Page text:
Magnetic activity of the cool component in symbiotic systems

Noam Soker*

*Corresponding author for this work

Research output: Contribution to journalArticlepeer-review

22 Scopus citations


I argue that cool giant components in most symbiotic binary systems possess magnetic activity on a much higher level than isolated cool giants or those in wide binary systems. Based on the behaviour of main-sequence stars, I assume that magnetic activity and X-ray luminosity increase with rotation velocity. I then show that the cool components in symbiotic systems are likely to rotate much faster than isolated, or in wide binary systems, cool giants. The magnetic activity of the cool giant may be observed as a global axisymmetrical mass-loss geometry of the cool giant (before the hot companion influences the outflow), a stochastic mass-loss process, i.e. a variation of mass-loss rate with time and location on the surface of the giant and in relatively strong X-ray emission. The variation in the mass-loss process from the cool giant may cause variation in the properties of jets blown by the hot compact companion. I conclude that symbiotic systems should be high-priority X-ray targets.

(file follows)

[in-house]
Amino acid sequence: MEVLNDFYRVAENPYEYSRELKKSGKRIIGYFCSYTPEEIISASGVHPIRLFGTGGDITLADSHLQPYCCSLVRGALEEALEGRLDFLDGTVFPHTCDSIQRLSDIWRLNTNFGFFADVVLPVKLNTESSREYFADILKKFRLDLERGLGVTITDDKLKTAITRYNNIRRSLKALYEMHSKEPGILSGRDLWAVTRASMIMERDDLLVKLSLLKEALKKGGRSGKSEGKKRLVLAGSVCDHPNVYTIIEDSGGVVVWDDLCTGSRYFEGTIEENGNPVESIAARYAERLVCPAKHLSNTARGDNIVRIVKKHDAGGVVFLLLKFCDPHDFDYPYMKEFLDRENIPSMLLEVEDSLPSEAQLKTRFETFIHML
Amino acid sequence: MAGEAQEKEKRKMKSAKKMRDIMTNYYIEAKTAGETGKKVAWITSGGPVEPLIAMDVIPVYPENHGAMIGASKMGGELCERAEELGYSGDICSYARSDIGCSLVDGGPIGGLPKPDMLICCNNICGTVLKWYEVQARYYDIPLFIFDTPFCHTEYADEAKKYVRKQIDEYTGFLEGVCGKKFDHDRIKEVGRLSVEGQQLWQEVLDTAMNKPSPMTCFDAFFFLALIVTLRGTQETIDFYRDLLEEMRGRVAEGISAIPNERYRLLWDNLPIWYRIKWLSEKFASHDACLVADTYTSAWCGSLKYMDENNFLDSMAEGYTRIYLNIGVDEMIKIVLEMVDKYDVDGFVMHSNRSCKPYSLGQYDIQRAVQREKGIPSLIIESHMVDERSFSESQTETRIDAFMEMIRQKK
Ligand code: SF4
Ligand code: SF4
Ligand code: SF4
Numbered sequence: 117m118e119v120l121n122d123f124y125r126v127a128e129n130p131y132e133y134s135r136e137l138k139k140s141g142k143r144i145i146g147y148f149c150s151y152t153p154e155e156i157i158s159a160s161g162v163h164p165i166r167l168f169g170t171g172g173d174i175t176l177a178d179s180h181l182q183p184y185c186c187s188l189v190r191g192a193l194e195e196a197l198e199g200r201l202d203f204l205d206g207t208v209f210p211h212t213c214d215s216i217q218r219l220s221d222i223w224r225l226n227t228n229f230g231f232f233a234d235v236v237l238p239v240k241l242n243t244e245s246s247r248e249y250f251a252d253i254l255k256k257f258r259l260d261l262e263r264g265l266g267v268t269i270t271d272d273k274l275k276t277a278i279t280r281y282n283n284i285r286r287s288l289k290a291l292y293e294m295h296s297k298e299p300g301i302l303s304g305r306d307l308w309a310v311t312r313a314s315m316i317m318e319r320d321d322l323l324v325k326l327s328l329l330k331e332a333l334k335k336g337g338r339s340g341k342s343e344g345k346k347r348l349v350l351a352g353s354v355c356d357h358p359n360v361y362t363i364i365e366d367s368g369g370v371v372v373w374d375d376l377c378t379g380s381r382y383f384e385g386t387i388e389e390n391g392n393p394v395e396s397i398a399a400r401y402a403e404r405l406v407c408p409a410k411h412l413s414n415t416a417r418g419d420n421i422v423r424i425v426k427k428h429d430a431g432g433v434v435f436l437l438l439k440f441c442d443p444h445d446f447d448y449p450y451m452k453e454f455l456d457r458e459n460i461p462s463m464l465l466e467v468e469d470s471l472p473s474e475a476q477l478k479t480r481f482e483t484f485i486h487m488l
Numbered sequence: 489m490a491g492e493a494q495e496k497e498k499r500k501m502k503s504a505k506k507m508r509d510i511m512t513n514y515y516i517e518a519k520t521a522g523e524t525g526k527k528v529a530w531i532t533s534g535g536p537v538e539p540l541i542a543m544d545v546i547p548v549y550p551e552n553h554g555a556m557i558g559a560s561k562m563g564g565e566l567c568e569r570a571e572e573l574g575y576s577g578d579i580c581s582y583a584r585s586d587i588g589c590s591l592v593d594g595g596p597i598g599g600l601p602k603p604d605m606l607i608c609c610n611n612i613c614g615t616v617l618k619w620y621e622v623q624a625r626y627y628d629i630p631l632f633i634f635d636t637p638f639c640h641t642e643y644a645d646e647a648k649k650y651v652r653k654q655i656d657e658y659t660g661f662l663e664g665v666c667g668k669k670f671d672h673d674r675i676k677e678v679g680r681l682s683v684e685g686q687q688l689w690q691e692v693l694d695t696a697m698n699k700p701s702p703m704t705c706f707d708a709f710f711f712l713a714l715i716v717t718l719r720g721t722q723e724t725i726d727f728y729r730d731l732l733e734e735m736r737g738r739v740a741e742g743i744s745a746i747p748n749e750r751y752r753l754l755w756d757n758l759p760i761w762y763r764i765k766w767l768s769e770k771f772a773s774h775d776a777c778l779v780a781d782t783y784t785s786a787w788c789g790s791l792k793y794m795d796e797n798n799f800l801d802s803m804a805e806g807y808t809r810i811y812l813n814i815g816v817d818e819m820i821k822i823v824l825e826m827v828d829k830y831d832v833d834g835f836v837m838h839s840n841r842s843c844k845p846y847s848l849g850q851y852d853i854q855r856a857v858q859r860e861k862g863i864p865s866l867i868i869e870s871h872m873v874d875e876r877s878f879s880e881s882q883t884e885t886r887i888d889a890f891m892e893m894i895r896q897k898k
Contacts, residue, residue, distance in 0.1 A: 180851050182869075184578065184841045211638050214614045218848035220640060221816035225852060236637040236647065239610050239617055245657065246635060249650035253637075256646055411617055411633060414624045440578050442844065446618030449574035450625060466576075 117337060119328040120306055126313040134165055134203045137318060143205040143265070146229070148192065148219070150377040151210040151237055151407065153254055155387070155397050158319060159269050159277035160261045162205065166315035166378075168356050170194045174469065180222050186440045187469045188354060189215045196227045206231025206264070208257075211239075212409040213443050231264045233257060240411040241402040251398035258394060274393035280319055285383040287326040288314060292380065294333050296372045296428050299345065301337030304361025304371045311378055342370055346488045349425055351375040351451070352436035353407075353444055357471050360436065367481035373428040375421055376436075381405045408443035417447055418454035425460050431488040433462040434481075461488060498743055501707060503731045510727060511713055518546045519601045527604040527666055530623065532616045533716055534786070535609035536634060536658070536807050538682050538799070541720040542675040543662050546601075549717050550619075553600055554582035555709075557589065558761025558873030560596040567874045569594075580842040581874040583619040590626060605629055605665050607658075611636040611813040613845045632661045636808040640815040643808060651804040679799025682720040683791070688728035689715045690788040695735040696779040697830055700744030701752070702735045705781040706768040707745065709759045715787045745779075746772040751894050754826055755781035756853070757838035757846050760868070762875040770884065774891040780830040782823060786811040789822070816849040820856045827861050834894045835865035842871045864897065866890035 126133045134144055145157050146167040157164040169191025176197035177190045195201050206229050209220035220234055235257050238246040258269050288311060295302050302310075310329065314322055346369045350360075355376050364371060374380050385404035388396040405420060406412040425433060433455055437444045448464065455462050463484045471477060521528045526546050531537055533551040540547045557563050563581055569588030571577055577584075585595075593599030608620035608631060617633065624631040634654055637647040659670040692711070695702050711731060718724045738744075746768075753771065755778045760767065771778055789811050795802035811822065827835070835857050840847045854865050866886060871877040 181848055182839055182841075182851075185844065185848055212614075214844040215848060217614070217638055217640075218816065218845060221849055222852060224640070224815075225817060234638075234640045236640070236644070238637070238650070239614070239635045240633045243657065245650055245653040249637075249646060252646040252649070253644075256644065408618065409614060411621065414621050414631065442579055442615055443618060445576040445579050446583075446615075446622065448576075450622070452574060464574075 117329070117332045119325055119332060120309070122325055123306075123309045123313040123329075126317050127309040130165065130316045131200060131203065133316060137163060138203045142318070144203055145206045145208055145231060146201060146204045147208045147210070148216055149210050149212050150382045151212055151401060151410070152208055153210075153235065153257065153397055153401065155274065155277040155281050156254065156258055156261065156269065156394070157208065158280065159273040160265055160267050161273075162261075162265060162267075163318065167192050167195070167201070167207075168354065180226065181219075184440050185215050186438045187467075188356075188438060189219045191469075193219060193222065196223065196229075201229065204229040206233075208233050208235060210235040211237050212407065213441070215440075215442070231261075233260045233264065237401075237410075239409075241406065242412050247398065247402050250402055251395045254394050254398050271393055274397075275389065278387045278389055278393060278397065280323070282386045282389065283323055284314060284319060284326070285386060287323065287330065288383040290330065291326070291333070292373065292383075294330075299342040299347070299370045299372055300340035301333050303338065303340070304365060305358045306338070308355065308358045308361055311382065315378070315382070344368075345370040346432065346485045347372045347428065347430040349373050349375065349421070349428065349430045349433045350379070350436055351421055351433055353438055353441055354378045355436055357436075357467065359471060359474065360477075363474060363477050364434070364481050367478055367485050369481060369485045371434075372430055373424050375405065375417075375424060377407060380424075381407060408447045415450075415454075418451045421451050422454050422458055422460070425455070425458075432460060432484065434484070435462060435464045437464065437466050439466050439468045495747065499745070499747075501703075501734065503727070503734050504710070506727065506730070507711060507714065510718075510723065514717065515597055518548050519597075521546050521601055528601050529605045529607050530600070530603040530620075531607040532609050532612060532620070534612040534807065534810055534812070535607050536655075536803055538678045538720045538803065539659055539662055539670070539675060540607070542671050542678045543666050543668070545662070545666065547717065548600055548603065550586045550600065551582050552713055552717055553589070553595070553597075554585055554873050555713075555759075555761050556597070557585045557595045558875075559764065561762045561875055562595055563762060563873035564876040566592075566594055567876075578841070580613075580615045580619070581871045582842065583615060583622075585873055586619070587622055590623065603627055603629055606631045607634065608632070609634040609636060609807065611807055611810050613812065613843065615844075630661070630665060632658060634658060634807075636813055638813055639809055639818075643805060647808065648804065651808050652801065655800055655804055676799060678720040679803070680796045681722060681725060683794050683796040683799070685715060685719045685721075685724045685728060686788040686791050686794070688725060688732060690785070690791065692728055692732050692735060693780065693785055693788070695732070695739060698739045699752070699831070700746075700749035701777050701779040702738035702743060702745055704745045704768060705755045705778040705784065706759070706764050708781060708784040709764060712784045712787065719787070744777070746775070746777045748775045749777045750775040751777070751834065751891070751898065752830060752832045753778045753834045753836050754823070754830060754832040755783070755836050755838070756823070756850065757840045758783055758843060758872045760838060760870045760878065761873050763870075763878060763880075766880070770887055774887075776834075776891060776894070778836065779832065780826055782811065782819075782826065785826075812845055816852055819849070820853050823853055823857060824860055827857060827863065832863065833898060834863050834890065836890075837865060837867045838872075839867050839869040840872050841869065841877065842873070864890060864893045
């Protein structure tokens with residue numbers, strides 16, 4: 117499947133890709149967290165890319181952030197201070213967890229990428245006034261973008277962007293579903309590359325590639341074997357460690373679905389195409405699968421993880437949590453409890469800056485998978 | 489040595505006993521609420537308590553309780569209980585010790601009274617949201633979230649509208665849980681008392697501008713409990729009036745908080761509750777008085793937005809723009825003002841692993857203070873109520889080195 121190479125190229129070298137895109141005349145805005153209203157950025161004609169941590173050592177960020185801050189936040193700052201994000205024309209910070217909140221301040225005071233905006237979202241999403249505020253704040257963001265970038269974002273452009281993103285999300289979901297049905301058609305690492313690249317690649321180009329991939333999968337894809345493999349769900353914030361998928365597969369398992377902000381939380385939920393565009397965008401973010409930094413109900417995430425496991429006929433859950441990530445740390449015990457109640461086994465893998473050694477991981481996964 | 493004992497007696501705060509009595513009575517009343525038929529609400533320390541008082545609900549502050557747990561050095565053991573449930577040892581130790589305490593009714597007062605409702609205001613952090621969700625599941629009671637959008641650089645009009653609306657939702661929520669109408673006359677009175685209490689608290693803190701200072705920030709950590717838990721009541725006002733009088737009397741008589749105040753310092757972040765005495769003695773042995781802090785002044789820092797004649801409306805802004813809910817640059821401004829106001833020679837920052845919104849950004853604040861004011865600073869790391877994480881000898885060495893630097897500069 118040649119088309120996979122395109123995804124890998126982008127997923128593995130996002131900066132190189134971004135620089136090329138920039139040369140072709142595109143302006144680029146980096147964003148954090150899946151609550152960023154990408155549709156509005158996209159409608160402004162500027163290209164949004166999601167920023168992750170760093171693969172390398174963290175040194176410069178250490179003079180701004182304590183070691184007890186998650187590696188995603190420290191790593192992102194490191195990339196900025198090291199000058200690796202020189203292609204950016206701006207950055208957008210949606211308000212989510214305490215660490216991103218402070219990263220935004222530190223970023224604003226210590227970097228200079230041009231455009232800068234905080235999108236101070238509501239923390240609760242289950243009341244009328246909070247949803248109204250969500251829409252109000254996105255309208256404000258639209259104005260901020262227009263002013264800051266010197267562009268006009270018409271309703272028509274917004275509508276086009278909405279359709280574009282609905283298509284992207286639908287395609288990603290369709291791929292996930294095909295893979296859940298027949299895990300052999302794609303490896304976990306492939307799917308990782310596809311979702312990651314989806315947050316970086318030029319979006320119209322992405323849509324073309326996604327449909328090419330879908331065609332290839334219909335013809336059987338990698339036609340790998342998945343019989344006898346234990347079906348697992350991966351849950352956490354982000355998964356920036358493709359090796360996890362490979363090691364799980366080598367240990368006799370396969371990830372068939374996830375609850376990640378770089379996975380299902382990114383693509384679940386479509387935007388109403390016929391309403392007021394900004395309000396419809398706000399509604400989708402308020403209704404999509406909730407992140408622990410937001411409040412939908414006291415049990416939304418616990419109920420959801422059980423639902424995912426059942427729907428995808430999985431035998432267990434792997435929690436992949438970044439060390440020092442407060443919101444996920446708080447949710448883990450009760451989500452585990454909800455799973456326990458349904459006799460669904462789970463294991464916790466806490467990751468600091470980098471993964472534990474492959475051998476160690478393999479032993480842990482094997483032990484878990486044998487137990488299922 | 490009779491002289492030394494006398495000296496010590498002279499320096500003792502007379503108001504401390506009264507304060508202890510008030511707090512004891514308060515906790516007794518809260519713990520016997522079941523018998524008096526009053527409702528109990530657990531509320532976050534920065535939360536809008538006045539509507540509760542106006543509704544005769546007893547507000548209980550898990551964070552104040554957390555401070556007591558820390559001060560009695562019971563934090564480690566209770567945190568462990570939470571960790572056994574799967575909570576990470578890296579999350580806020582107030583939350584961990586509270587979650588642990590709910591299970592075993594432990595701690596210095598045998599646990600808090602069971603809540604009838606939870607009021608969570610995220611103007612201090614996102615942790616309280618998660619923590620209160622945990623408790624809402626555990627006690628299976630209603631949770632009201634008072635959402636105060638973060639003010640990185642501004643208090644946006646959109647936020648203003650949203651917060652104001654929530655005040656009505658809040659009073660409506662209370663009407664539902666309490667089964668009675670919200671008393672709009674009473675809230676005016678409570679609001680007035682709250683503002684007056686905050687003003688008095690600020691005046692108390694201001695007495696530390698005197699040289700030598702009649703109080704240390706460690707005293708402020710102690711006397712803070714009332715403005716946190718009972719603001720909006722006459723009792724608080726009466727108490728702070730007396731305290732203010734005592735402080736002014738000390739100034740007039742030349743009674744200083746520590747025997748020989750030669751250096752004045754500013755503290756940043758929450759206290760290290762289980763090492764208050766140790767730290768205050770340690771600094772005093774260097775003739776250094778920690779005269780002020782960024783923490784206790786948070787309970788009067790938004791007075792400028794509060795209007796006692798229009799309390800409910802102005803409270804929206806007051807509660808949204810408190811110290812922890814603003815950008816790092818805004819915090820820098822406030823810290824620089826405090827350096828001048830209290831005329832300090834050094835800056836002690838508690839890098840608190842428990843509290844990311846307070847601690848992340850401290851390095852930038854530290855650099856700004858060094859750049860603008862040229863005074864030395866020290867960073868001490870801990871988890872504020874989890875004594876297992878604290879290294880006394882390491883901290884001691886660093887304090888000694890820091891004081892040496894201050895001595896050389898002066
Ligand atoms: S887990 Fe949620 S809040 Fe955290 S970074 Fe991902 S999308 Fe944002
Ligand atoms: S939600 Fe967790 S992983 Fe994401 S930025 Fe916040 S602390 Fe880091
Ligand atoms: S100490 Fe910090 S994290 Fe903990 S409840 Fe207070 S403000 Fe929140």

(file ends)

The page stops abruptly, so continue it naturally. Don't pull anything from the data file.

Original languageEnglish
Pages (from-to)1038-1042
Number of pages5
JournalMonthly Notices of the Royal Astronomical Society
Issue number3
StatePublished - 11 Dec 2002
Externally publishedYes


  • Binaries: symbiotic
  • Circumstellar matter
  • Stars: AGB and post-AGB
  • Stars: magnetic fields

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